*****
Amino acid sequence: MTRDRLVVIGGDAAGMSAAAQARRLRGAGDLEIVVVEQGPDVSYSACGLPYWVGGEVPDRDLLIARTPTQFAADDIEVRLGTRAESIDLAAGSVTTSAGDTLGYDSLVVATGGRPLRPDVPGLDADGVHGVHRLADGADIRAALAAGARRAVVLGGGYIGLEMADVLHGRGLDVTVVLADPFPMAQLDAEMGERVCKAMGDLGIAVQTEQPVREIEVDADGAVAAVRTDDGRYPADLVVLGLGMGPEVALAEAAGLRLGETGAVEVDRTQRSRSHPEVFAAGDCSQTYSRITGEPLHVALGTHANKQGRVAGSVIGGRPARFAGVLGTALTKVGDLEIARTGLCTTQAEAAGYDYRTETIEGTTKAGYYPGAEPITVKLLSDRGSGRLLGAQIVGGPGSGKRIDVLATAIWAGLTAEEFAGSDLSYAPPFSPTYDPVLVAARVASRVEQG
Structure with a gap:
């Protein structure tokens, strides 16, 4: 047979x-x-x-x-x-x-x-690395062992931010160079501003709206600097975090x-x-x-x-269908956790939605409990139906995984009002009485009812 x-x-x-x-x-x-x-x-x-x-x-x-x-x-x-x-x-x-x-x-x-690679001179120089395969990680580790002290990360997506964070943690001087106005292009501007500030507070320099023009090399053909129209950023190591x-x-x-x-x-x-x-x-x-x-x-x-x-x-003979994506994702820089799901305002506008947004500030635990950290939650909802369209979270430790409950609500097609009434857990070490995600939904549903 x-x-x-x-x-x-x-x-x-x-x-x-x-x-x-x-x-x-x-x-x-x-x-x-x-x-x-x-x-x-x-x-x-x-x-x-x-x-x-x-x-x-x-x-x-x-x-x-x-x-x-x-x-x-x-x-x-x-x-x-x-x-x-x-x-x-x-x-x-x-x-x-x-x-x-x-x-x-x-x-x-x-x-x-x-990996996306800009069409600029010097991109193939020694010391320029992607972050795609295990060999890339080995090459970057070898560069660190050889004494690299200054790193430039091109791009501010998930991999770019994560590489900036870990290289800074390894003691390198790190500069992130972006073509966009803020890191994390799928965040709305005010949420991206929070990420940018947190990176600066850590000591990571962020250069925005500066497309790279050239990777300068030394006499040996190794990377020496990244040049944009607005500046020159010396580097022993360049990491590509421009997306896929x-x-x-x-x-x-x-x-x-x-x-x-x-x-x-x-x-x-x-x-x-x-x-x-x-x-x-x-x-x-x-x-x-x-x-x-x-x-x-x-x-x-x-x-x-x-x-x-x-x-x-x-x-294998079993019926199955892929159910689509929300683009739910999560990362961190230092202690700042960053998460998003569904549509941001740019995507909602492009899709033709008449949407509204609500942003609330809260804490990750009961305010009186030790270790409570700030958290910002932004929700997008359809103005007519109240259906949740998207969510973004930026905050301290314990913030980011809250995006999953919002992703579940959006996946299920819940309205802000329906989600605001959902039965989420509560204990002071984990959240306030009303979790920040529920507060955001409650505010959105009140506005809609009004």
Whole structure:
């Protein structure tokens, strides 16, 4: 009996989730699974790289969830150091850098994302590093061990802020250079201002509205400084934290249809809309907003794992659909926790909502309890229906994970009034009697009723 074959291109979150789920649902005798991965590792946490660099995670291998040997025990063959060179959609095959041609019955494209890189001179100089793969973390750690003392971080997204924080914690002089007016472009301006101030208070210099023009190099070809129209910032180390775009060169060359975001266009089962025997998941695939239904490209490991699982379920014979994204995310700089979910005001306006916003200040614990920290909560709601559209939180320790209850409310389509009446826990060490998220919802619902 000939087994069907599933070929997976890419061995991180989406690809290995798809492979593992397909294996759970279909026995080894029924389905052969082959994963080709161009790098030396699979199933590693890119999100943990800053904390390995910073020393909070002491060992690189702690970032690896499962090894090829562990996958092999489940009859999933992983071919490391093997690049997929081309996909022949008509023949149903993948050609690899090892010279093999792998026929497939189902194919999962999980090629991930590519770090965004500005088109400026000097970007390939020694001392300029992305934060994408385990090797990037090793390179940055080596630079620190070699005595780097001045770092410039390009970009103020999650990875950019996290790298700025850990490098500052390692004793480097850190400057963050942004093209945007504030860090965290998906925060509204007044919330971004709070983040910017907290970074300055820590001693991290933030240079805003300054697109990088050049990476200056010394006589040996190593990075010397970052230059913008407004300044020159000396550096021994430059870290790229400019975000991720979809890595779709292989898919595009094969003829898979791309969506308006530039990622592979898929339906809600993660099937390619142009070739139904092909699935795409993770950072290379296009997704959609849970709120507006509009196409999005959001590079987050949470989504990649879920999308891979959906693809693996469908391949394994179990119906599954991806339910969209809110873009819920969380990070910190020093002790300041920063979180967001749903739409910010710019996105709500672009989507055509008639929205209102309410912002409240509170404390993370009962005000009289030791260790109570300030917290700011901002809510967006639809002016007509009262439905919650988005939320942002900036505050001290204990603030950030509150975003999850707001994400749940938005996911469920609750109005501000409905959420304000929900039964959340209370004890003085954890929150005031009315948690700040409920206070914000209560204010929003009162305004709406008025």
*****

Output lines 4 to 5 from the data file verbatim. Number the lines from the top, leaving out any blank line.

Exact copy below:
Whole structure:
């Protein structure tokens, strides 16, 4: 009996989730699974790289969830150091850098994302590093061990802020250079201002509205400084934290249809809309907003794992659909926790909502309890229906994970009034009697009723 074959291109979150789920649902005798991965590792946490660099995670291998040997025990063959060179959609095959041609019955494209890189001179100089793969973390750690003392971080997204924080914690002089007016472009301006101030208070210099023009190099070809129209910032180390775009060169060359975001266009089962025997998941695939239904490209490991699982379920014979994204995310700089979910005001306006916003200040614990920290909560709601559209939180320790209850409310389509009446826990060490998220919802619902 000939087994069907599933070929997976890419061995991180989406690809290995798809492979593992397909294996759970279909026995080894029924389905052969082959994963080709161009790098030396699979199933590693890119999100943990800053904390390995910073020393909070002491060992690189702690970032690896499962090894090829562990996958092999489940009859999933992983071919490391093997690049997929081309996909022949008509023949149903993948050609690899090892010279093999792998026929497939189902194919999962999980090629991930590519770090965004500005088109400026000097970007390939020694001392300029992305934060994408385990090797990037090793390179940055080596630079620190070699005595780097001045770092410039390009970009103020999650990875950019996290790298700025850990490098500052390692004793480097850190400057963050942004093209945007504030860090965290998906925060509204007044919330971004709070983040910017907290970074300055820590001693991290933030240079805003300054697109990088050049990476200056010394006589040996190593990075010397970052230059913008407004300044020159000396550096021994430059870290790229400019975000991720979809890595779709292989898919595009094969003829898979791309969506308006530039990622592979898929339906809600993660099937390619142009070739139904092909699935795409993770950072290379296009997704959609849970709120507006509009196409999005959001590079987050949470989504990649879920999308891979959906693809693996469908391949394994179990119906599954991806339910969209809110873009819920969380990070910190020093002790300041920063979180967001749903739409910010710019996105709500672009989507055509008639929205209102309410912002409240509170404390993370009962005000009289030791260790109570300030917290700011901002809510967006639809002016007509009262439905919650988005939320942002900036505050001290204990603030950030509150975003999850707001994400749940938005996911469920609750109005501000409905959420304000929900039964959340209370004890003085954890929150005031009315948690700040409920206070914000209560204010929003009162305004709406008025």